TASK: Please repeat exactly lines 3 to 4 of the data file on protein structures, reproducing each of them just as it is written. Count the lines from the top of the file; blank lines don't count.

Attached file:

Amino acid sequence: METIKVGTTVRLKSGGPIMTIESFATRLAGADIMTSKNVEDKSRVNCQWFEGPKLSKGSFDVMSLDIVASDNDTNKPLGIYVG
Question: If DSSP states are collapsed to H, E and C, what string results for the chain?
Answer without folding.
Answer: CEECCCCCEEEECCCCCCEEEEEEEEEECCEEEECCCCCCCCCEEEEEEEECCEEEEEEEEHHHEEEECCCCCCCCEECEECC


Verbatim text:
Answer without folding.
Answer: CEECCCCCEEEECCCCCCEEEEEEEEEECCEEEECCCCCCCCCEEEEEEEECCEEEEEEEEHHHEEEECCCCCCCCEECEECC